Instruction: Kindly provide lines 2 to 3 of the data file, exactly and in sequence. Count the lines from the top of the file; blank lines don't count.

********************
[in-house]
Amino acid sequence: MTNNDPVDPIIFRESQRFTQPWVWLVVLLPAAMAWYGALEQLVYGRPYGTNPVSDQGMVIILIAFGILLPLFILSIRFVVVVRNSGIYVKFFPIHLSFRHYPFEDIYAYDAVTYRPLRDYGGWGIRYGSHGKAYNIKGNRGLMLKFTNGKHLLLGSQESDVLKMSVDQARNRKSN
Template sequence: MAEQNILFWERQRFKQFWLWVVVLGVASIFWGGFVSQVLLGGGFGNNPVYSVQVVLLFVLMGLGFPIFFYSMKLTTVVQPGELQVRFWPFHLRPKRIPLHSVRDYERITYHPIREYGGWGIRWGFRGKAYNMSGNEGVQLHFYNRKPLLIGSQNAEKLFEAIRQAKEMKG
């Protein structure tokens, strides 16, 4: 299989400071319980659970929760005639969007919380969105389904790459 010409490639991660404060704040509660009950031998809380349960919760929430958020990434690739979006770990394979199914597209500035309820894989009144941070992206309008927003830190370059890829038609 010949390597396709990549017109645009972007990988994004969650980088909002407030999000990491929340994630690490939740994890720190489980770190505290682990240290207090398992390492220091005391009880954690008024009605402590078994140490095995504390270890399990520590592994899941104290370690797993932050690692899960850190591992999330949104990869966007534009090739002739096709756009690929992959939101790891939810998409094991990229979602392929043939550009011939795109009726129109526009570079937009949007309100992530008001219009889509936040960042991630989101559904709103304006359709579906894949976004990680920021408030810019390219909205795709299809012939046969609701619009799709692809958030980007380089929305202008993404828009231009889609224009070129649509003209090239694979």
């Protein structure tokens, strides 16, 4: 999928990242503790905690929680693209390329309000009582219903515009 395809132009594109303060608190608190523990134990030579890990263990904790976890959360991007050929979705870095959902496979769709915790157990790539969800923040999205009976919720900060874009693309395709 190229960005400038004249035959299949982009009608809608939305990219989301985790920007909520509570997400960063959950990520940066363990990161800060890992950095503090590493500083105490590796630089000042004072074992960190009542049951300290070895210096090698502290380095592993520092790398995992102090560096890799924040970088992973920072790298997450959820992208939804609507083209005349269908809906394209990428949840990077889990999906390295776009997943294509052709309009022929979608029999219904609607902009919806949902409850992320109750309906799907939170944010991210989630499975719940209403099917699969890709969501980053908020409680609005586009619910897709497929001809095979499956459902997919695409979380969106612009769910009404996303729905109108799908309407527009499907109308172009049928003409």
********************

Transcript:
Amino acid sequence: MTNNDPVDPIIFRESQRFTQPWVWLVVLLPAAMAWYGALEQLVYGRPYGTNPVSDQGMVIILIAFGILLPLFILSIRFVVVVRNSGIYVKFFPIHLSFRHYPFEDIYAYDAVTYRPLRDYGGWGIRYGSHGKAYNIKGNRGLMLKFTNGKHLLLGSQESDVLKMSVDQARNRKSN
Template sequence: MAEQNILFWERQRFKQFWLWVVVLGVASIFWGGFVSQVLLGGGFGNNPVYSVQVVLLFVLMGLGFPIFFYSMKLTTVVQPGELQVRFWPFHLRPKRIPLHSVRDYERITYHPIREYGGWGIRWGFRGKAYNMSGNEGVQLHFYNRKPLLIGSQNAEKLFEAIRQAKEMKG